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In school we were taught that a subject in singular form required a corresponding verb, for example:

The multitude of insects is astonishing.

multitude is singular, therefore is must be used.

But now I have been told by an experienced (but not native) speaker that a subject with a plural meaning can be used with a verb "in plural form", for example:

The multitude of insects are astonishing.

multitude means plural, therefore are can be used.

Is this just an exception which is not taught to English language learners, or is it informal use, or is this wrong altogether?

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This involves the question of whether a collective noun should be parsed as singular or plural; but it is more complicated than that, because multitude is actually used in three different senses: as a collective noun, as a singular noun, and, with of, as a quantifier.

The multitude was/were blessed by the Archbishop. ... Here multitude is a collective noun signifying a large group of people who were collectively, not individually, blessed. It may take either a singular or a plural verb.

The multitude of false positives is very discouraging. ... Here multitude is a singular noun signifying ‘(large) quantity’—literally, ‘manyness’. It is not the false positives which are discouraging but the fact that there was a large number of them. It takes a singular verb.

A multitude of celebrities are scheduled to appear. ... Here a multitude of is equivalent to ‘many’, like a lot of or a whole bunch of. It takes a plural verb.

In your example, “The multitude of insects is astonishing”, it seems to me that the second sense is intended, and you should use the singular verb.

None of these uses is ‘incorrect’ in any register. The second use, however, is more likely to be found in formal registers, and may give ordinary readers pause. If you are writing for a non-academic audience I would suggest something more like

The occurrence of so many false positives is very discouraging.

The third use, on the other hand, is characteristic of informal registers; it is unlikely to be used in a formal context by practised writers, who will avoid both its hyperbole and its implicit ambiguity:

Many celebrities are scheduled to appear.

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It is a common error, but it is an error.

There are many nouns that are singular but that represent some sort of group or collection -- "multitude", "group", "committee", "family", etc. Despite the fact that the group may have more than one member, the noun is still singular and calls for a singular verb.

A related error is when a singular noun is followed by a prepositional phrase that includes a plural noun, like "the oldest of the dogs". Many English speakers, even experienced native speakers, will make the mistake of using the plural form of the verb because the phrase ends with a plural -- "dogs" in this example -- and so they'll say "The oldest of the dogs are ...". It should be "The oldest of the dogs is ..." because the subject is "oldest", singular. That might contribute to the problem here, "The multitude of insects", etc.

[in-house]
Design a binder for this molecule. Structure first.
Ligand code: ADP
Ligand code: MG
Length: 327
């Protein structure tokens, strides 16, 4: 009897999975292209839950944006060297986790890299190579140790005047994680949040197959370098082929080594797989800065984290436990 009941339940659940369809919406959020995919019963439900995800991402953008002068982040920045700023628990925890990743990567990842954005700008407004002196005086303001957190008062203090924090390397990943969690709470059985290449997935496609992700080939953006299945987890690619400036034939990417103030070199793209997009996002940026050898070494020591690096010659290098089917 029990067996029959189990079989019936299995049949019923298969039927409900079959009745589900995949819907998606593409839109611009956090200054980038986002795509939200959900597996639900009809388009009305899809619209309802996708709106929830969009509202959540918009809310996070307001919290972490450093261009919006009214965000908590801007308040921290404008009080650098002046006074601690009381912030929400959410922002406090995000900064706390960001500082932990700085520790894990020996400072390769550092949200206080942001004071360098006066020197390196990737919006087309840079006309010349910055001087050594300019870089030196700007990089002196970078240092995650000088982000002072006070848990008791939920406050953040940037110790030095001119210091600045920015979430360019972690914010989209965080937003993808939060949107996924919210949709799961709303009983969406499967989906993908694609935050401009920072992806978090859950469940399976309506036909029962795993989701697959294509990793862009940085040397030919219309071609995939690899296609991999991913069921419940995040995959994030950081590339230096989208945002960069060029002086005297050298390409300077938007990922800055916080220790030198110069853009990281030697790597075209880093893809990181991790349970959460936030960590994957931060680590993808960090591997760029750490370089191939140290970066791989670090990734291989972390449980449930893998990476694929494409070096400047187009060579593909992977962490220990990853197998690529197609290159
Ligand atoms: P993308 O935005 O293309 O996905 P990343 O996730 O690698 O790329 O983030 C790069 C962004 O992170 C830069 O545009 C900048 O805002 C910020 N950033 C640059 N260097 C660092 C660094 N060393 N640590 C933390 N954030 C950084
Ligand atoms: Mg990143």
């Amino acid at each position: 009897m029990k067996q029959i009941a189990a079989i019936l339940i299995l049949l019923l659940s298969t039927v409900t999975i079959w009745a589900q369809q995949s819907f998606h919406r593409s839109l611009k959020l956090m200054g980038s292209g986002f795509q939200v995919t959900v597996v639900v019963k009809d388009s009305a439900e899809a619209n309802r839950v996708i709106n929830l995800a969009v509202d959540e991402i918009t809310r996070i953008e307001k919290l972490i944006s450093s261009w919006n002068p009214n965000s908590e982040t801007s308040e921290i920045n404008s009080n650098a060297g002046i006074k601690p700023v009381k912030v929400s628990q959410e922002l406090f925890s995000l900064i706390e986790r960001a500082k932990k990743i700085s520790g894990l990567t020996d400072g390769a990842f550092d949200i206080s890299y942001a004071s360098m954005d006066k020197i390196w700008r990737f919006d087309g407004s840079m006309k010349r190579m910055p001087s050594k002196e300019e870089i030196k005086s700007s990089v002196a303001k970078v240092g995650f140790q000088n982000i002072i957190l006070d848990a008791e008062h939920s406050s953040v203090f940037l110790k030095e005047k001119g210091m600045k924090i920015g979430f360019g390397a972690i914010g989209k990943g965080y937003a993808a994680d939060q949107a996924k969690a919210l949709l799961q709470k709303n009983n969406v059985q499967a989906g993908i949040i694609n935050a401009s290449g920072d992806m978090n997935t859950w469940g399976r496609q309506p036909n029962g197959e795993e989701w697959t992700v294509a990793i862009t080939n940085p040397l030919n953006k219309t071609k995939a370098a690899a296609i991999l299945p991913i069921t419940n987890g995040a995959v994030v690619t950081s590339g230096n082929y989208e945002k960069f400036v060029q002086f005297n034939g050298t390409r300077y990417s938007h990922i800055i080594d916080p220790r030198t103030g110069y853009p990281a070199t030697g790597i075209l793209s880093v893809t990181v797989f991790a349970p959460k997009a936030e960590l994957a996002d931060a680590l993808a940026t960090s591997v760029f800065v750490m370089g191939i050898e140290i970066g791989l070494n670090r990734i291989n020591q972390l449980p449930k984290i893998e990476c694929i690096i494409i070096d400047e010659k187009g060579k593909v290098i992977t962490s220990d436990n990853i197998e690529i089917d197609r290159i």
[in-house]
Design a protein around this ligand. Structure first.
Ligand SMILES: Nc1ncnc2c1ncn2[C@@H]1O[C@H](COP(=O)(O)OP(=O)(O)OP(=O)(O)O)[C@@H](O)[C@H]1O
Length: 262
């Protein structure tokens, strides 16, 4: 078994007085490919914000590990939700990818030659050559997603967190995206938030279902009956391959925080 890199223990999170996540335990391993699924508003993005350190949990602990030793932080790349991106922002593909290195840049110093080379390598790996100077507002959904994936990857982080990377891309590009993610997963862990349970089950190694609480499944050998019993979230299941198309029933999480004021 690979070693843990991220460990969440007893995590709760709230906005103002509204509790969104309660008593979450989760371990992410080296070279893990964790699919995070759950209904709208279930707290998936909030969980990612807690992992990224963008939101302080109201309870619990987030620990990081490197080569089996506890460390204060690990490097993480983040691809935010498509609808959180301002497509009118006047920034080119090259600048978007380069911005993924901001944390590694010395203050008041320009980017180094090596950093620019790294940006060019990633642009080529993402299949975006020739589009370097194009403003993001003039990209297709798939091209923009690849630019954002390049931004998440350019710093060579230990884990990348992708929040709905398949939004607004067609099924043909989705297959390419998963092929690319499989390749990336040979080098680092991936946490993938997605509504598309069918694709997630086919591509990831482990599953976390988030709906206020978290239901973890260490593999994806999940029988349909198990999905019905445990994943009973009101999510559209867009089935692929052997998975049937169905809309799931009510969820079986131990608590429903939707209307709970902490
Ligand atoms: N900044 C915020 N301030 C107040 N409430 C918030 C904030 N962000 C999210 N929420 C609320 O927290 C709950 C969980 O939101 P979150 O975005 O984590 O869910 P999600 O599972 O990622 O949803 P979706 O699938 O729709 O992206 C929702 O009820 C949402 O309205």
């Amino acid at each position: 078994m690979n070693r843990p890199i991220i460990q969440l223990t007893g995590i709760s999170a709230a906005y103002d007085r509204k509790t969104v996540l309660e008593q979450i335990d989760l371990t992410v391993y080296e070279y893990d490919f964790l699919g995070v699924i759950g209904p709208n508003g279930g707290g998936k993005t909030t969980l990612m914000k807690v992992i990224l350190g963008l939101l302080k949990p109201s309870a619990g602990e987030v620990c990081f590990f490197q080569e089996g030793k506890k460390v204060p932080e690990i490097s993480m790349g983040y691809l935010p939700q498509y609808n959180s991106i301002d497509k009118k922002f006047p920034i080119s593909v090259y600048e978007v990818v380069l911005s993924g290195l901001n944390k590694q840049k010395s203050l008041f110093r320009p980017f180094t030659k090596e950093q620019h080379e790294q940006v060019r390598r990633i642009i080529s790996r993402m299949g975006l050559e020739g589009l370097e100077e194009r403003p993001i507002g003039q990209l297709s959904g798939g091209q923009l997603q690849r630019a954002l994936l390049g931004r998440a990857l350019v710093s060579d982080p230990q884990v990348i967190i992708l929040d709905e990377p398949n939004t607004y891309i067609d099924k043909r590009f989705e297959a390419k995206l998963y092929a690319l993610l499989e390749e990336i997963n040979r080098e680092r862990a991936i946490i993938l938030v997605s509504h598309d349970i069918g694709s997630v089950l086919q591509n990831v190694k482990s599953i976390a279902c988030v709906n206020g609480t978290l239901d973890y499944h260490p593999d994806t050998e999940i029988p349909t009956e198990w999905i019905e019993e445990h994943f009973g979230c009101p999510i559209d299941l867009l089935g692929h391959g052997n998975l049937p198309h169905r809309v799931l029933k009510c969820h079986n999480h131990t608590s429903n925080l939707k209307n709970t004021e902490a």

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    I'm not convinced. Any native speaker recognises "The oldest of the dogs are Fido" as grammatically disastrous. But they don't have a problem with "The vast majority of people are unaware this sentence is ungrammatical" – FumbleFingers May 22 '13 at 18:07
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    -1. Collective nouns are not by definition singular. Neither is oldest. – snailcar May 22 '13 at 20:14
  • Okay, "oldest" was a bad example because it doesn't necessarily mean the one oldest, it could mean those older than average, etc. – Jay May 23 '13 at 16:52
  • @FumbleFingers If you never get confused by this, that's great. But I'm certainly not the first person to suggest that it sometimes causes confusion. See, for example, englishessaywritingtips.com/2011/06/…, grammar.about.com/od/correctingerrors/a/SpecSVA.htm,http://…, etc. I find hundreds of pages on the web that discuss this issue. – Jay May 23 '13 at 17:14
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    Yes, good point: I understand that in the UK, collective nouns are often treated as plurals. In the US, they are normally considered singular, the main exception being when you are talking about the individual members. Like, "The family is going on vacation" -- they are doing it as a unit. But "The family are fighting amongst themselves." – Jay May 24 '13 at 13:20

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